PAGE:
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Société des Acadiens v Association of Parents

From Wikipedia, the free encyclopedia

Société des Acadiens v Association of Parents
Supreme Court of Canada
Hearing: December 4–5, 1984
Judgment: May 1, 1986
Full case nameSociété des Acadiens du Nouveau‑Brunswick Inc. and the Association des conseillers scolaires francophones du Nouveau‑Brunswick v Association of Parents for Fairness in Education, Grand Falls District 50 Branch
Citations[1986] 1 SCR 549
Court membership
Chief Justice: Brian Dickson
Puisne Justices: Jean Beetz, Willard Estey, William McIntyre, Julien Chouinard, Antonio Lamer, Bertha Wilson, Gerald Le Dain, Gérard La Forest
Reasons given
MajorityBeetz, joined by Estey, Chouinard, Lamer and Le Dain
McIntyer and La Forest took no part in the consideration or decision of the case.
Laws applied
Canadian Charter of Rights and Freedoms, ss 16, 19

Société des Acadiens v Association of Parents is a Supreme Court of Canada decision on minority language rights under section 19(2) of the Canadian Charter of Rights and Freedoms.[1] The majority of the Court held that in civil cases in the New Brunswick courts, the parties have the right to use either French or English in all submissions and pleadings. However, they do not have a right to have the matter heard by a judge who understands them in the language they choose to speak. It is sufficient if there is simultaneous translation. In addition to the majority decision, two other justices of the Court held that the parties did have the right to be heard and understood by the judge in the language of their choice, but on the facts of the case, that standard was met.


Justice Beetz, writing for the majority, held that the language rights of section 19(2) were different from most other rights in the Charter as they were the result of a political compromise and so must be read restrictively. The right to be tried in court in French does not even imply a right to an interpreter. The only right to be understood would be provided by fundamental justice and sections 7 and 14 of the Charter rather than language rights.[2]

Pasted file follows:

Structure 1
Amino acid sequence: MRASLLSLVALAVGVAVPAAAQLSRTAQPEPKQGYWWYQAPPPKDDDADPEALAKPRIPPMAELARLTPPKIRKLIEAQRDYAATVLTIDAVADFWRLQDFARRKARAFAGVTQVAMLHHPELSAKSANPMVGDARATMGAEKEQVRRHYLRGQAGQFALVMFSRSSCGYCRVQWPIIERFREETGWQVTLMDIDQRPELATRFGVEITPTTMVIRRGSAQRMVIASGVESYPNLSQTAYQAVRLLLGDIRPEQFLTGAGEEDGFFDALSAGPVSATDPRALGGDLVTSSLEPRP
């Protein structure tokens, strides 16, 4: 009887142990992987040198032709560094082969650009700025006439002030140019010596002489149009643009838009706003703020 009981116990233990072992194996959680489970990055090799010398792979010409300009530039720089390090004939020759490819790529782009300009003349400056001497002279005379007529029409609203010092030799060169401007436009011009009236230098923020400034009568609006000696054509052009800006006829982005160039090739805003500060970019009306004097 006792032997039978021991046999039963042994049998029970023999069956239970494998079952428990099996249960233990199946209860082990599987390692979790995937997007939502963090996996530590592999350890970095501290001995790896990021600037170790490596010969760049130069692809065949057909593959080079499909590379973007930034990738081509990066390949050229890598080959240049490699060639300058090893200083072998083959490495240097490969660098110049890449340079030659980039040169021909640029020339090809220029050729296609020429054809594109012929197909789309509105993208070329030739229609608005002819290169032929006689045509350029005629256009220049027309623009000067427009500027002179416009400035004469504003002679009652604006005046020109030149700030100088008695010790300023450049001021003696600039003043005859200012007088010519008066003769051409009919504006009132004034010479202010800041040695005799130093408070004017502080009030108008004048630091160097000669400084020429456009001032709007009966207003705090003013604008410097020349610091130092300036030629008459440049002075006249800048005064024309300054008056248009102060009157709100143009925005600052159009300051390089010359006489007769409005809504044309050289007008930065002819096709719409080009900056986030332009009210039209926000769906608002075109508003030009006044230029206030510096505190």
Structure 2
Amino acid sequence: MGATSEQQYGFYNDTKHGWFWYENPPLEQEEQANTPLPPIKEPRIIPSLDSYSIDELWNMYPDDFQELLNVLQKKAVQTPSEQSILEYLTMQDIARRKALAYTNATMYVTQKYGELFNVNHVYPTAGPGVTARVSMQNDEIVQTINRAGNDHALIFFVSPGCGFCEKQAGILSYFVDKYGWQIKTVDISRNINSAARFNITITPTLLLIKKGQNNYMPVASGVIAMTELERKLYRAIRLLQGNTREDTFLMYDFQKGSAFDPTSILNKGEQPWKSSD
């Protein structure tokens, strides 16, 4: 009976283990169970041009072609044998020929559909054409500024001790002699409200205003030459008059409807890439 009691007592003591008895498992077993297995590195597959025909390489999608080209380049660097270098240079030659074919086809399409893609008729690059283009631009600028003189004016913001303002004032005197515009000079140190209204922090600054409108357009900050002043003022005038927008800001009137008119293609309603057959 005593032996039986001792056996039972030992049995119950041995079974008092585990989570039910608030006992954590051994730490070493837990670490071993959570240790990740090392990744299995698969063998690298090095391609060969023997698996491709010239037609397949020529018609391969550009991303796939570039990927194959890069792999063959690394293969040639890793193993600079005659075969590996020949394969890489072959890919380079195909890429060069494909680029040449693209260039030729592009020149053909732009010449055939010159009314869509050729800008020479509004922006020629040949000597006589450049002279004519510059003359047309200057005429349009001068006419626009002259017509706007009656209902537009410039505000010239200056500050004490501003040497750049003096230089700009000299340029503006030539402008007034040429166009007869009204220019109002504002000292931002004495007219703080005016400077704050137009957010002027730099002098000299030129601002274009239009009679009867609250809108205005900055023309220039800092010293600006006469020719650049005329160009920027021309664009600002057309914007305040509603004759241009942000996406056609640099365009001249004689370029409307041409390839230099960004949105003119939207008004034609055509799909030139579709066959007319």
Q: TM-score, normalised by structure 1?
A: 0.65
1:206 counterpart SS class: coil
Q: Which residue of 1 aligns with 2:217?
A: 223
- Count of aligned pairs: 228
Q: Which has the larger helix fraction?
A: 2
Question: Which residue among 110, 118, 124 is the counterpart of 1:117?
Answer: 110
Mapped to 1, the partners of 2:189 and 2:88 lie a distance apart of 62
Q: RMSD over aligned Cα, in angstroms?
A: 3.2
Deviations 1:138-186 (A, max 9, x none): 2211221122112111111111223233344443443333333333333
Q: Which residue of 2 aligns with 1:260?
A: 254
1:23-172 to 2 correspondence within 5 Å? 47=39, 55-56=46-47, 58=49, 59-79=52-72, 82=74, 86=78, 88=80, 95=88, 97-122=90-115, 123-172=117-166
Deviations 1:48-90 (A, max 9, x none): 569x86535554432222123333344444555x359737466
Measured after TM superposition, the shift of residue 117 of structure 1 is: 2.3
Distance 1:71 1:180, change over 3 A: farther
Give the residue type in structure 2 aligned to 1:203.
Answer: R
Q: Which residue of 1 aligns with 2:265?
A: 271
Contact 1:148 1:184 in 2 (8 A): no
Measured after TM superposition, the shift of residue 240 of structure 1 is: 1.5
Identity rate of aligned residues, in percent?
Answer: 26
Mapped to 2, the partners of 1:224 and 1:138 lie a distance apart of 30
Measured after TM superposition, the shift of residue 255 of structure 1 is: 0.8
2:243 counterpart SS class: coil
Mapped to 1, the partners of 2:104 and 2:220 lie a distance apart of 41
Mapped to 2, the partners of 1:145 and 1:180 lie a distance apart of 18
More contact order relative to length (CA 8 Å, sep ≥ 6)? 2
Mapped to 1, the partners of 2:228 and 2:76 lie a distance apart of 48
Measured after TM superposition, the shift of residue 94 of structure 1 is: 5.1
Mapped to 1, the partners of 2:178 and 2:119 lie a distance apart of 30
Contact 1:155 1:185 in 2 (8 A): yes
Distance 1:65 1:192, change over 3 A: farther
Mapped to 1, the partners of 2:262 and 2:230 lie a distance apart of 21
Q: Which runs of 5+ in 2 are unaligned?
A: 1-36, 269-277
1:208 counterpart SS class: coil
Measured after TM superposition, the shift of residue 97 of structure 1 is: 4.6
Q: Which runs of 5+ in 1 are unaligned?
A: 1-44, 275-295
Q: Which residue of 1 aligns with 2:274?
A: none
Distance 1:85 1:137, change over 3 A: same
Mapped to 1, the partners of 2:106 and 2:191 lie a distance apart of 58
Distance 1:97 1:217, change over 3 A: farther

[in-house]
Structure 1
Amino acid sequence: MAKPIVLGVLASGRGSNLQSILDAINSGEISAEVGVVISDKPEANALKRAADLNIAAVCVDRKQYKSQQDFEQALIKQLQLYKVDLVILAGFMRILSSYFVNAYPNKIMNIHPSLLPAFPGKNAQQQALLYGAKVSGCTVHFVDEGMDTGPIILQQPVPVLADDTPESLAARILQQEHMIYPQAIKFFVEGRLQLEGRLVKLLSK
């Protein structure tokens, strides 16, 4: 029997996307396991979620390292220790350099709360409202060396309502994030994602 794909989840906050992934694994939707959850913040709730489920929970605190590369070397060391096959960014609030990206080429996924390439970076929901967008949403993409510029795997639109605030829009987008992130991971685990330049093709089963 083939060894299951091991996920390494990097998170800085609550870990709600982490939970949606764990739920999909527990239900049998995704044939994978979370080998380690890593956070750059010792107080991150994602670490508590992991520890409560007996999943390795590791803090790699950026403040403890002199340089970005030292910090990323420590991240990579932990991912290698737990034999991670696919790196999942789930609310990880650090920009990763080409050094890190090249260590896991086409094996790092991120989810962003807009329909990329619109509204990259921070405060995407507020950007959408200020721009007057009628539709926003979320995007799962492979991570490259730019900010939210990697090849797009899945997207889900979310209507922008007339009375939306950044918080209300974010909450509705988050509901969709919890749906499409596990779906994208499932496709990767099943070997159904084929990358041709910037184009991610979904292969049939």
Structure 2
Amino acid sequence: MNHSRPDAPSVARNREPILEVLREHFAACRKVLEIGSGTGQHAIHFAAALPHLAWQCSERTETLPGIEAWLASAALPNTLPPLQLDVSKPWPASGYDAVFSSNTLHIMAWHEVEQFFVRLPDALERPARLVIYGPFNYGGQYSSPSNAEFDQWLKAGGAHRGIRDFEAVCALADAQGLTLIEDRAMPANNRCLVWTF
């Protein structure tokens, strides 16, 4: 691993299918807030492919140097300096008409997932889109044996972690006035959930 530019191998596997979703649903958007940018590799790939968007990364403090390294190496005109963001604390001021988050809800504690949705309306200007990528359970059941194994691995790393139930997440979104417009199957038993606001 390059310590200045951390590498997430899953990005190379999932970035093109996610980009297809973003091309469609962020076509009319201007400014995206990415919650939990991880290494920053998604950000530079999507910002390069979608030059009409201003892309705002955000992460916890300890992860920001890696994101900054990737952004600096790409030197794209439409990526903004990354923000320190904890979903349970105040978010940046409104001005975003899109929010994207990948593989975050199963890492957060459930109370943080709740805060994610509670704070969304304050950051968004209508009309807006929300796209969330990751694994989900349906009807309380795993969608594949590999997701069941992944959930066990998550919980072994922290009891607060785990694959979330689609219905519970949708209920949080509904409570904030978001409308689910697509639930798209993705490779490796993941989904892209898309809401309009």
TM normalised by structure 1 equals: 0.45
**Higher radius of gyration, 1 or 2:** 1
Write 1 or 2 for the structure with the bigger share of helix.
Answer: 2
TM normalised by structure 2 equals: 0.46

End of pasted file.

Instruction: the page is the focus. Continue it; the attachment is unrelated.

The decision inspired criticism. Professors Leslie Green and Denise Réaume call it "troubling," noting the division of the Charter between rights to be read conservatively and liberally was not specific and so other rights besides the language rights were at risk of being conservatively read.[3] Moreover, they questioned the meaning of conservative readings and said that even with supposed generous readings of the Charter, it is expected that courts are not making law.[4]

Green also argued that when it comes to diminishing rights due to compromise and politics,

Most fundamental democratic rights, from Magna Carta to Declaration of the Rights of Man, from the Great Reform Act to the International Covenant, had seedy pasts. They were conceded reluctantly and only after protracted political battles and compromises in which ideology had greater power than political theory. Cynicism and scepticism about Canada's Charter is often bred of more attention to pedigree than to principle. Had Magna Carta been concluded under a system of representative government, the glare of lights and the whir of video-recorders, we would no doubt regard it too as a mere political compromise.[5]

This decision was eventually reconsidered in R v Beaulac, [1999] 1 S.C.R. 768 where the Court rejected the Beetz interpretation in favour of the case's minority decision of Dickson and Wilson.


  1. ^ Société des Acadiens v Association of Parents, [1986] 1 SCR 549.
  2. ^ Para. 60-61.
  3. ^ Green, Leslie and Denise Réaume, "Second-Class Rights? Principle and Compromise in the Charter," The Dalhousie Law Journal, vol. 13 (1990), p. 566.
  4. ^ Green and Reaume, p. 569.
  5. ^ Green, Leslie. "Are Language Rights Fundamental?" Osgoode Hall Law Journal vol. 25, no. 4, 1987, pp. 645-646.

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This page was last edited on 22 May 2018, at 19:09
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